Obviously, Fruitvale Station is made by people who sympathize with Oscar Grant. While there are many things he does throughout he move that paints Oscar as, deep down, a good person to those he cares about, especially to his young daughter, Tatiana, he's also somewhat selfish too. He's not always faithful to his long-suffering girlfriend, nor does he tell her pertinent information, such as the fact that he was fired from his job two weeks prior for tardiness. He's also dealing drugs -- something he already has been to prison for -- twice. And he has a temper -- though that just might be a defense mechanism to protect himself. We get cues that Oscar is about to turn the corner and live life on the right side of the law, and the right side of his nuclear family, but he's not there yet.
The film isn't about racism per se, though when mostly white cops detain mostly African-American suspects, it is often an implication. Are the cops overtly racist? Some may be. Or some may just look at a young black man in street clothes and immediately pigeonhole him as "suspicious" or a "thug" until proven otherwise. While they don't necessarily target African-Americans, they also don't give them the benefit of the doubt they might give white people they meet in the street. But Fruitvale Station doesn't even have that point to make. That's because, to most African-Americans, and just those who observe society, it doesn't have to. We already know about the problems that exist between the black communities and law enforcement from incidents that happen nearly every day. Coming on the heels of the Travon Martin case's conclusion, it's certainly ripe in the minds of many.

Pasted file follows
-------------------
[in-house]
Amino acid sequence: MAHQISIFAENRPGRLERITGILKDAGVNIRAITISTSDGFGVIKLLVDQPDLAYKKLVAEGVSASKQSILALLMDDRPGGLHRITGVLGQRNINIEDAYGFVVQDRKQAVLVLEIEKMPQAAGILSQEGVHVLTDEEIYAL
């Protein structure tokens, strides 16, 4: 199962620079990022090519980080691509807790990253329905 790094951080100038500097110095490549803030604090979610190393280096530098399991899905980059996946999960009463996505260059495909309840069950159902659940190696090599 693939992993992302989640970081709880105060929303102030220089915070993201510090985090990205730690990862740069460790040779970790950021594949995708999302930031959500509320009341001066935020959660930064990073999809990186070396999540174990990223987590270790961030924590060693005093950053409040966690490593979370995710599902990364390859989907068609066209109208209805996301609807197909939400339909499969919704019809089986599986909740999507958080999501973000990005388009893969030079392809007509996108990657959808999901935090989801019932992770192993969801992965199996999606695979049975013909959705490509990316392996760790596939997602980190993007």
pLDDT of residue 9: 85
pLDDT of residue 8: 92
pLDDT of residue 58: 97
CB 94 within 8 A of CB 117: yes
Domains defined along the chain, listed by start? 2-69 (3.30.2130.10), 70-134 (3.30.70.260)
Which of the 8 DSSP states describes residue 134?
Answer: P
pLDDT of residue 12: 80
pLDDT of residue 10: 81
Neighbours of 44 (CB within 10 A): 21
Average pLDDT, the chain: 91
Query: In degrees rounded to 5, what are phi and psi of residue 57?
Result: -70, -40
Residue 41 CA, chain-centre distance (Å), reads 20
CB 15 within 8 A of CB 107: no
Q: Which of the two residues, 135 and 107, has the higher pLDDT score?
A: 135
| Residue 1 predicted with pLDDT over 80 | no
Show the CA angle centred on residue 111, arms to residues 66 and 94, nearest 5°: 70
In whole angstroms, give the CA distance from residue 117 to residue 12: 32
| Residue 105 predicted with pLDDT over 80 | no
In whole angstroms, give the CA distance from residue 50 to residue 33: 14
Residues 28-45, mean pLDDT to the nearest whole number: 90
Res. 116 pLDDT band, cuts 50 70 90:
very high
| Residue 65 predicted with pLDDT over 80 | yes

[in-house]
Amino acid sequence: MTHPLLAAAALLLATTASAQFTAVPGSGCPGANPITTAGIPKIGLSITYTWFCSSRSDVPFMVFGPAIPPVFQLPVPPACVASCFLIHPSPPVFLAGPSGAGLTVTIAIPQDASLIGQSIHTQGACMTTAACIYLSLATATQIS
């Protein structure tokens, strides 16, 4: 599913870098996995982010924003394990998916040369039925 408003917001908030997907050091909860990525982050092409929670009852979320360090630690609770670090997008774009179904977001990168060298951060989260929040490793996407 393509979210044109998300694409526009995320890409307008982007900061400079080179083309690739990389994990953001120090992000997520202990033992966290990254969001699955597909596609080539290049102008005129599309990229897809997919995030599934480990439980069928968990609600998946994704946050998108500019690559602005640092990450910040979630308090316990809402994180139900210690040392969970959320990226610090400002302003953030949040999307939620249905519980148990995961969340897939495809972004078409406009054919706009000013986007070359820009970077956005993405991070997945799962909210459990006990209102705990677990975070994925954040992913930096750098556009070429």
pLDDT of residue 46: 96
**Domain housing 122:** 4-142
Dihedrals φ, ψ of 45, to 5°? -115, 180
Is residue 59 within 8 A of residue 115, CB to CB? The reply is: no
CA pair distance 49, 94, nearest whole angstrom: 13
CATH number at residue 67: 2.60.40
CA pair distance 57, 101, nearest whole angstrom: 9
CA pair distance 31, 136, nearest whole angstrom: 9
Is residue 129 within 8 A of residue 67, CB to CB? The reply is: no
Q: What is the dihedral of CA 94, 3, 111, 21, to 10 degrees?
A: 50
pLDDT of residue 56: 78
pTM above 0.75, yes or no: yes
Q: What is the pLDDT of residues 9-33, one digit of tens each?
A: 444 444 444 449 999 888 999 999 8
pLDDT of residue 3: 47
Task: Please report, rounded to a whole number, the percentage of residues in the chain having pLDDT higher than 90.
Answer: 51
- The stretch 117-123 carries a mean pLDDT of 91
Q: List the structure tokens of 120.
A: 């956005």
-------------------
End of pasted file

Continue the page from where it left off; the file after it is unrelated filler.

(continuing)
Like John Singleton's Boyz N the Hood was to the 1990s, Fruitvale Station is about the showcase of the traps in society for those trying to get a leg up when they barely have one to stand on. If the life of crime doesn't swallow them up, there are oppressive forces prevalent that push back. It's also one hell of a debut for a writer-director Ryan Coogler, who, just like Singleton, graduated from USC's prestigious film school. And like Singleton, Coogler is more than capable of drawing out some strong, emotionally powerful performances from his cast, which includes the transcendent Michael B. Jordan, an impressive Melonie Diaz, and Octavia Spencer, who proves yet again that her Oscar for The Help was no fluke.